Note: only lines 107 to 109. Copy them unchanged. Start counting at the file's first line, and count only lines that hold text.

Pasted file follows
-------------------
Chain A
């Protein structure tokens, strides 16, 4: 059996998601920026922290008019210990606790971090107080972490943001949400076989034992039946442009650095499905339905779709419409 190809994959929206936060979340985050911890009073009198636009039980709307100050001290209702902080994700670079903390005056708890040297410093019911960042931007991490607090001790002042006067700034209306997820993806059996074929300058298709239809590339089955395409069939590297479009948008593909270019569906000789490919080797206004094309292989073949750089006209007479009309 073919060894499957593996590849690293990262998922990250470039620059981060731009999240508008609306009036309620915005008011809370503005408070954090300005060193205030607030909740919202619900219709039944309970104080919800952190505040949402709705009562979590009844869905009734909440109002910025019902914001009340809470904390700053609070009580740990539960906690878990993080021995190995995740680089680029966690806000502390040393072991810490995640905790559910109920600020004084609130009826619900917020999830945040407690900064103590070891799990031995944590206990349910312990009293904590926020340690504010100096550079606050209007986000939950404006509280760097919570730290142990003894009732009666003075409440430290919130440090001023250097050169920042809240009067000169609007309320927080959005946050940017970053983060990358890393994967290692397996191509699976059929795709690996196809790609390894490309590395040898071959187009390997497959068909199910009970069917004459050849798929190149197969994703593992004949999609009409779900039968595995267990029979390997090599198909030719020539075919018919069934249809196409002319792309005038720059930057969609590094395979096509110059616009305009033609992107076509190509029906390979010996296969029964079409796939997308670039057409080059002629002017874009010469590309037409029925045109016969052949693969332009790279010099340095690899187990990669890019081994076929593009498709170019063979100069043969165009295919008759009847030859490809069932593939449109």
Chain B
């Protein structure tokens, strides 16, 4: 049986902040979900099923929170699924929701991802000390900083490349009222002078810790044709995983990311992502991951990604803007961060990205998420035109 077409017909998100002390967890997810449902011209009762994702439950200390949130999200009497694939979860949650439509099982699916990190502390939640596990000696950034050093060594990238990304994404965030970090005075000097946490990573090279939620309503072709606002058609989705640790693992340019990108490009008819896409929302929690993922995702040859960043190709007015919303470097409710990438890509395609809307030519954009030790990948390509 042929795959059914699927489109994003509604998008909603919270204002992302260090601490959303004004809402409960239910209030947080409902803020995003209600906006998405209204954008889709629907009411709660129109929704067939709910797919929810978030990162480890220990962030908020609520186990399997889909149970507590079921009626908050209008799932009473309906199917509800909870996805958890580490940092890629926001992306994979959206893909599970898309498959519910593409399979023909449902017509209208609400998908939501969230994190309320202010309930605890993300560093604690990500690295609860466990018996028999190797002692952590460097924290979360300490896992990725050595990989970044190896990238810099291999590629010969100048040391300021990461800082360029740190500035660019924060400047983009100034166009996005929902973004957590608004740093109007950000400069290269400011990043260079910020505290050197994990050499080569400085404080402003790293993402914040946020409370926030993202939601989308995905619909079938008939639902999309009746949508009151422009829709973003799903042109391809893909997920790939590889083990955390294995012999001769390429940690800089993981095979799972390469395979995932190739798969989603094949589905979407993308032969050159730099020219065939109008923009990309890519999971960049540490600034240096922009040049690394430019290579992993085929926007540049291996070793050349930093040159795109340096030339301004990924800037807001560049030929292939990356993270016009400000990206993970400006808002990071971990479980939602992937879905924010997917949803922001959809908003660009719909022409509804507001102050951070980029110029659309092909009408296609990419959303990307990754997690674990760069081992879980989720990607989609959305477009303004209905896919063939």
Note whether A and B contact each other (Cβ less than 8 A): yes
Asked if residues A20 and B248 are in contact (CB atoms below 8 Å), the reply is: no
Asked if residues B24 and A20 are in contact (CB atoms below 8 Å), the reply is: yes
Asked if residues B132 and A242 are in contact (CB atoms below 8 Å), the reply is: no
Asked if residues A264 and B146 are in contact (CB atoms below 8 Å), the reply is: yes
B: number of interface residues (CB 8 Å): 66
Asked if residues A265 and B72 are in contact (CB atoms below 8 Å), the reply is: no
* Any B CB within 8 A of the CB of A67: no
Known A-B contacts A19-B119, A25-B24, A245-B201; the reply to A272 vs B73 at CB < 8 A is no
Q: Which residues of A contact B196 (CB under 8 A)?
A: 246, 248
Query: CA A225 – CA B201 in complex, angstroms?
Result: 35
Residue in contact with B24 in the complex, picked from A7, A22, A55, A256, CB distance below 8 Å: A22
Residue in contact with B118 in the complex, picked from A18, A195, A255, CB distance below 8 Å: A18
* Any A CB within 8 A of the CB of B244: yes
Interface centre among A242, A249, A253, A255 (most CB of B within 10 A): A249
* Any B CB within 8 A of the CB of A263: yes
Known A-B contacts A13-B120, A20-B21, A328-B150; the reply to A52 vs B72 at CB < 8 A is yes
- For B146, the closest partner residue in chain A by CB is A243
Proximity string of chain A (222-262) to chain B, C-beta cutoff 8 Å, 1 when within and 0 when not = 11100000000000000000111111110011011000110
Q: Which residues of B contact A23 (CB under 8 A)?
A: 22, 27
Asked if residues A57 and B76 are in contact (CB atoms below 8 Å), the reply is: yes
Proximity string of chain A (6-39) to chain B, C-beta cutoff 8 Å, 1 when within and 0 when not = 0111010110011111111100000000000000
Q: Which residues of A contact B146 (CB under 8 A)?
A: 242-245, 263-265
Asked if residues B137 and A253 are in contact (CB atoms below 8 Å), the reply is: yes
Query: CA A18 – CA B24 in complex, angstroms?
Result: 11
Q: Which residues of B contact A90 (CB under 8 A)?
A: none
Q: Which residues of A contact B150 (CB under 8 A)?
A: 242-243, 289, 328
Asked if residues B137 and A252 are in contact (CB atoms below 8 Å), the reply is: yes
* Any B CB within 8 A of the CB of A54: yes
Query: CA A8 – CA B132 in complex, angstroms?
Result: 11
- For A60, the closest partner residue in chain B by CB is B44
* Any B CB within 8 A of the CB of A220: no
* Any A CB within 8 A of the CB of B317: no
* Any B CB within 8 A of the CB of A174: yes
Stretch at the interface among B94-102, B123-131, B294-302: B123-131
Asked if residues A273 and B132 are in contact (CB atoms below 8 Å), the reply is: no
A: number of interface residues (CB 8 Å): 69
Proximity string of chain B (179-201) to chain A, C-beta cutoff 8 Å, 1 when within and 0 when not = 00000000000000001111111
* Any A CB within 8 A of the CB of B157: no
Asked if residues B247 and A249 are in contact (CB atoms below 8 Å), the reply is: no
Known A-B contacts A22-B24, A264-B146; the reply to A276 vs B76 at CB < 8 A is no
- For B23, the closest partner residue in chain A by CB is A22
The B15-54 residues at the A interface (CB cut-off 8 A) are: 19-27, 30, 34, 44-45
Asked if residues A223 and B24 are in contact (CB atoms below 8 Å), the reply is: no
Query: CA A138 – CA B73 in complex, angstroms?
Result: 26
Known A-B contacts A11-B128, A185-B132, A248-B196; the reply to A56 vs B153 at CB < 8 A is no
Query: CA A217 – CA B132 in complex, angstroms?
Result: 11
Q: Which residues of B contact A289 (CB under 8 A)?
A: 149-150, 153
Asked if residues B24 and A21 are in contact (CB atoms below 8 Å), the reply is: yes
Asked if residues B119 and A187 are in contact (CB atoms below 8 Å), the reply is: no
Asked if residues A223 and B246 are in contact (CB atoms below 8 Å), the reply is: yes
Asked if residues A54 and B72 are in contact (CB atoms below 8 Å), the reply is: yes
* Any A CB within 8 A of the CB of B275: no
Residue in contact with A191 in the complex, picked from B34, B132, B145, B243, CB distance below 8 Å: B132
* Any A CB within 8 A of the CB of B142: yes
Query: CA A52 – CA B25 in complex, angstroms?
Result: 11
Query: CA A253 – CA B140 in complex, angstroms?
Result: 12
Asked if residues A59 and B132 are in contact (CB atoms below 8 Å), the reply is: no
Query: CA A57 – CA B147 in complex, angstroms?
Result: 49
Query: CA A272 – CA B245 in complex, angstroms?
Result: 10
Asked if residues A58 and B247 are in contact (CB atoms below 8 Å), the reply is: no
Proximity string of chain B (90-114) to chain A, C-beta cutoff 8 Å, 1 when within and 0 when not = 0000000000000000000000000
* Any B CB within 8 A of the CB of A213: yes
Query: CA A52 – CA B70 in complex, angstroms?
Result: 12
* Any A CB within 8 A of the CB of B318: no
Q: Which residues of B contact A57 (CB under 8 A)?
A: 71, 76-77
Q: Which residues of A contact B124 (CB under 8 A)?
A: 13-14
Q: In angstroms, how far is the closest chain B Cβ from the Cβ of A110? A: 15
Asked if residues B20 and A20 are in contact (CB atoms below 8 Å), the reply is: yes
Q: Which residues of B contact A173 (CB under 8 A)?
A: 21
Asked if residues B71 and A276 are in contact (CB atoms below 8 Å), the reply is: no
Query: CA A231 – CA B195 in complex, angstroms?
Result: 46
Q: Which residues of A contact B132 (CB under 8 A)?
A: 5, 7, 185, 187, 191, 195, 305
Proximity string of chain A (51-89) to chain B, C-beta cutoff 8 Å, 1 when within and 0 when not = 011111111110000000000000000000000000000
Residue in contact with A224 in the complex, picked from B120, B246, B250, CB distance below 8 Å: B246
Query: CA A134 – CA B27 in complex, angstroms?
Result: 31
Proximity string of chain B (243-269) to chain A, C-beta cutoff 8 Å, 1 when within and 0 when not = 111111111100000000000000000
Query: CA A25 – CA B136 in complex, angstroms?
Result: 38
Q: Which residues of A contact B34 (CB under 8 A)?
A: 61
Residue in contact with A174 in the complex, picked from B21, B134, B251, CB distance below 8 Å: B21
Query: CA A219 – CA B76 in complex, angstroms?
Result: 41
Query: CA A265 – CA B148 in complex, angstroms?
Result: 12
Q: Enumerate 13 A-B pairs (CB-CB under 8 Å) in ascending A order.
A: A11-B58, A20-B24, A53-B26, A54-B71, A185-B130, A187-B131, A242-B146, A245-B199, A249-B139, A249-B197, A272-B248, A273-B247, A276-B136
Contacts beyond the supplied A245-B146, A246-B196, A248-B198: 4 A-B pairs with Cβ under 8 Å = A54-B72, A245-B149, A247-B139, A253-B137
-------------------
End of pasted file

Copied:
A: 61
Residue in contact with A174 in the complex, picked from B21, B134, B251, CB distance below 8 Å: B21
Query: CA A219 – CA B76 in complex, angstroms?